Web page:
Blog Bombing us today we have the lovely Hazel Osmond talking about her new novel ‘Playing Grace’
Over to you Hazel …
From King Lear’s very mixed crew to the Bennet girls, literature is full of sisters. And I’m particularly fascinated by the ways in which this relationship is portrayed as I’m one of three daughters myself and a mother of two girls.
I think that how you make this relationship work – or don’t – is key to your dealings with women out in the wider world. If you come from a highly competitive set up where your sister(s) pushed you out of the way to get to the best food/praise/men, I’d wager you’re unlikely to buy into the idea of’ supportive sisterhood.
While my sisters and I squabbled when we were growing up as part of the rough and tumble of family life – I’ve always counted them among the people I can trust without fail. I hope they’d say the same about me. The only thing I could complain about is that I had to wear a lot of their hand-me-down clothes (cue violins). But that’s a small price to pay for having two people who have always been completely on my side.
What happens, though, when your sisters aren’t a source of comfort, but of irritation? People who, when a crisis happens, offer the kind of advice that just makes things worse?
In ‘Playing Grace‘, I’ve had some fun with that idea.
When the book opens, Grace Surtees lives a very ordered life. She’s got a job that she’s very good at with a company offering art tours of the major galleries in London and a boyfriend who works abroad and only pays brief visits back to England. Neither the job nor the boyfriend ruffle the surface of her life – until her boss takes on a young American guy called Tate to offer tours of the more challenging types of modern art. Then things start to fall apart. Big time.
Not only does art start to disappear off the walls in the galleries she visits, her parents’ marriage hits a rough patch and her boss starts to display increasingly worrying behaviour. And Tate? Well he senses that there’s a different Grace hiding under the one everyone else sees and starts to chip away at her self control to find it.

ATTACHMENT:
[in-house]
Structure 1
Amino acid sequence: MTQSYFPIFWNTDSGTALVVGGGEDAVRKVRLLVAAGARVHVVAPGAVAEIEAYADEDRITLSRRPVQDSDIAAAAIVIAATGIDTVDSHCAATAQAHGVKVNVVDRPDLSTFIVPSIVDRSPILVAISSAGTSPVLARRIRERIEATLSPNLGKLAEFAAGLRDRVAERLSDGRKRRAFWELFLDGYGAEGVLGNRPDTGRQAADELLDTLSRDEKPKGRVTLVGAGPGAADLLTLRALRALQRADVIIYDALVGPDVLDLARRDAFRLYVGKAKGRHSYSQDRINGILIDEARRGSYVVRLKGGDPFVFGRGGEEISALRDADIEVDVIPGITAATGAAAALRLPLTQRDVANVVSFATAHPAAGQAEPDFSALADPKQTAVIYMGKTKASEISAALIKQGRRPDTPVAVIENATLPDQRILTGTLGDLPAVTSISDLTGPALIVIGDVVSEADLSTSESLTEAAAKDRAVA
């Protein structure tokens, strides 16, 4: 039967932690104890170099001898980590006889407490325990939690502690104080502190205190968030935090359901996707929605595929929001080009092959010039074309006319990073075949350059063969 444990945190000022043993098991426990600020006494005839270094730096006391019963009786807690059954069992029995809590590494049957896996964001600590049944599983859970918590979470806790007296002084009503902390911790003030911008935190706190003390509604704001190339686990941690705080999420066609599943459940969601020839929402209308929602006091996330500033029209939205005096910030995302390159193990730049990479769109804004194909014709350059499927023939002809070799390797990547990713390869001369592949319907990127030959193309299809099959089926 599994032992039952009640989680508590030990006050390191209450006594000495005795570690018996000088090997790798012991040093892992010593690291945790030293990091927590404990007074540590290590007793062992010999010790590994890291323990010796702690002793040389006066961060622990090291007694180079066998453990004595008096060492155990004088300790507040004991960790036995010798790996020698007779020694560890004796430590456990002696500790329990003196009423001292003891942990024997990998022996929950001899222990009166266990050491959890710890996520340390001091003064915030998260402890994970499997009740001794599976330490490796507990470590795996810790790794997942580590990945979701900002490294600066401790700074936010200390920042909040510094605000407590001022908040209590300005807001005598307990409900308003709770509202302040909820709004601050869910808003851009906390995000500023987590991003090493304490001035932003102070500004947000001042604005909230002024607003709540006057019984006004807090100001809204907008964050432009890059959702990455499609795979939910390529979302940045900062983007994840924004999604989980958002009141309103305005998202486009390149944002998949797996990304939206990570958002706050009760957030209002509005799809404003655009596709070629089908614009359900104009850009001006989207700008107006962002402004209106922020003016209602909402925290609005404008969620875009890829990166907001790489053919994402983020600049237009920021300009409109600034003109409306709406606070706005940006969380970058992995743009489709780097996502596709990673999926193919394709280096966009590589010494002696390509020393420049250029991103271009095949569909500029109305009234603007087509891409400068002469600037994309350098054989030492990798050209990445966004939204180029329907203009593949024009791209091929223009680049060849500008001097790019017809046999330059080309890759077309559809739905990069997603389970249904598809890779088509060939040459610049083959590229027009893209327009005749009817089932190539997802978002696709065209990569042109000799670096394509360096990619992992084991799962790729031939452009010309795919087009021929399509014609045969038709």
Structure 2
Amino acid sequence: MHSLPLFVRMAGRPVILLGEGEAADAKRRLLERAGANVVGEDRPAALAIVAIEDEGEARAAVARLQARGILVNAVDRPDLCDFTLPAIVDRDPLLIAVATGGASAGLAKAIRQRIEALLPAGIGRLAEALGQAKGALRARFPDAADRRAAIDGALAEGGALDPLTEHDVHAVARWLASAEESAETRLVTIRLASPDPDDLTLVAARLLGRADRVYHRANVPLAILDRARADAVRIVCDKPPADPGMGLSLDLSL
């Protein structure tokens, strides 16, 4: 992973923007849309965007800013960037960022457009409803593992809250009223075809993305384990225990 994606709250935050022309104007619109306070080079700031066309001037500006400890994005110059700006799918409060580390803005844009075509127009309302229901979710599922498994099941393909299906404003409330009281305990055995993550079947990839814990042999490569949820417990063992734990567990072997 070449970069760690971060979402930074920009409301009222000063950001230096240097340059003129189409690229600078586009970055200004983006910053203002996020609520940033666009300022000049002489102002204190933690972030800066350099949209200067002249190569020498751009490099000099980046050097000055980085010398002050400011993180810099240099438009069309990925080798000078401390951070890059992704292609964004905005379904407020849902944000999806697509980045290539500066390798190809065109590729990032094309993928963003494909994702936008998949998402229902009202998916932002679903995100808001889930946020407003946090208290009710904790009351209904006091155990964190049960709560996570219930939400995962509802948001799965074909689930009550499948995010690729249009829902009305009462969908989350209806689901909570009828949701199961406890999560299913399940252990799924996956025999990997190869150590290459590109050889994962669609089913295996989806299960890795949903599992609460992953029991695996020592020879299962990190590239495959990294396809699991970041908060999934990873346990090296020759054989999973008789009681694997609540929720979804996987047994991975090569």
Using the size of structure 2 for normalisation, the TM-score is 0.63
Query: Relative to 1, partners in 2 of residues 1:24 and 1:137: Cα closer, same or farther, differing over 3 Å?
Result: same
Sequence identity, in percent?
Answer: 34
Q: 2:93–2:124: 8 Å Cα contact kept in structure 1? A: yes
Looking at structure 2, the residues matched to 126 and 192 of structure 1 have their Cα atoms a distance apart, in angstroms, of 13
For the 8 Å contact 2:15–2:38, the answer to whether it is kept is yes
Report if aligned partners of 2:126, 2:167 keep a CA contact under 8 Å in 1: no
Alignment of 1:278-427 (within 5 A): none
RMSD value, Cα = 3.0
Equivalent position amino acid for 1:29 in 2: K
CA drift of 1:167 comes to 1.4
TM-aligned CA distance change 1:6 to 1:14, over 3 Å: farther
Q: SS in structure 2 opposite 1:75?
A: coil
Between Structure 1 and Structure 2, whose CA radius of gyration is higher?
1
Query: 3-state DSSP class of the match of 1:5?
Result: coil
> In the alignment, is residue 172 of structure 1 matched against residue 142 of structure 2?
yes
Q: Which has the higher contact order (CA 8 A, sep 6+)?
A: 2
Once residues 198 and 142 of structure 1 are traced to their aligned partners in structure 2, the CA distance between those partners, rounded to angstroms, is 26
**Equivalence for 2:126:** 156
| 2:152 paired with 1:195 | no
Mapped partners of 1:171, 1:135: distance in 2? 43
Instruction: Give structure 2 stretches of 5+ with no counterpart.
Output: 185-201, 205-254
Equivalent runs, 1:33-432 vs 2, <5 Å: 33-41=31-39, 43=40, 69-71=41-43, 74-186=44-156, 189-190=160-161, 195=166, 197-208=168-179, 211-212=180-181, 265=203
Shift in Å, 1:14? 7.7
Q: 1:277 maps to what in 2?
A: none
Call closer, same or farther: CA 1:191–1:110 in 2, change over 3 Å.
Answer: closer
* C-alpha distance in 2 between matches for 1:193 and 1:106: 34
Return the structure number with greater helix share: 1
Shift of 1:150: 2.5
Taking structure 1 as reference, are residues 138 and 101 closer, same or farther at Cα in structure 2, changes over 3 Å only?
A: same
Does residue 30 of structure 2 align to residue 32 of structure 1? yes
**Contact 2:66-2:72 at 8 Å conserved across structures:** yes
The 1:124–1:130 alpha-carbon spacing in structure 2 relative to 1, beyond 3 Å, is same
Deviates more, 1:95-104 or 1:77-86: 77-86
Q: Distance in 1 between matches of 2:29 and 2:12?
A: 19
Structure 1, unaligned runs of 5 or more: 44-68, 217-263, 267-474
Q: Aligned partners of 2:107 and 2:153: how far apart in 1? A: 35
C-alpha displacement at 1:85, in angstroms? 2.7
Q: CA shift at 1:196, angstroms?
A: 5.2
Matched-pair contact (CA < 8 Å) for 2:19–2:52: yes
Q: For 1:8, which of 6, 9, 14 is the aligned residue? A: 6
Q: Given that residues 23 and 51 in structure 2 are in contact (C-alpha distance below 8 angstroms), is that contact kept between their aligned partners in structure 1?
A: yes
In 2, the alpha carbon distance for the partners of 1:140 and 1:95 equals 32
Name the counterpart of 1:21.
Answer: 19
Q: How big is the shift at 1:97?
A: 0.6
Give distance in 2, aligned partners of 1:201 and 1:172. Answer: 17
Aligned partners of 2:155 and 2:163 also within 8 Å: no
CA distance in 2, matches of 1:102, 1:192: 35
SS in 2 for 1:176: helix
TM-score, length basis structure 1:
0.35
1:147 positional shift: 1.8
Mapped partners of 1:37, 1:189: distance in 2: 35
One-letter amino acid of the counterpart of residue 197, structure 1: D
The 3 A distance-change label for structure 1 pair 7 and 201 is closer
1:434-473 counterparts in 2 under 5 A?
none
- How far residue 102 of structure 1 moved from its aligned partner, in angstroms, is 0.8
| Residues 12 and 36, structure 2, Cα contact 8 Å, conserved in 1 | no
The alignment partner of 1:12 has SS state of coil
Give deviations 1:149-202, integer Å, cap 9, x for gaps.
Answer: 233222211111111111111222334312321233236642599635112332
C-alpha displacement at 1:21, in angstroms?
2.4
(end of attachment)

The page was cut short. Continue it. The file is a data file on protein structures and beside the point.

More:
And how do her sisters help?
By offering increasingly bizarre advice and constantly reminding Grace that the person she is now, is not the person she used to be. And, to make things worse, the advice is dispensed via emails, phone calls and specially crafted poems, which by the time they arrive are usually out of step with what’s happening in London.
If I tell you that Grace’s mother, a woman who sees herself as being at one with the cosmos, has brought her girls up to be free spirits and that all the sisters except Grace have slightly off-world names and professions – Zinovia True works in an ashram in California, another sister is part of an all-female mime troup – you probably get the picture.
Under pressure from all sides – what could make matters worse? Except finding yourself attracted to the very man you know you should run away from …
This is where I say the bit about you having to read ‘Playing Grace’ to find out what happens. If you do I hope you enjoy it .. . I also hope that if you have sisters yourself, they don’t give you as much bother as Grace’s do!
Find out more about Hazel by visiting her blog here
Thanks so much Hazel, I have a sister and also have two daughters, I always find the sibling bond or un-bond fascinating.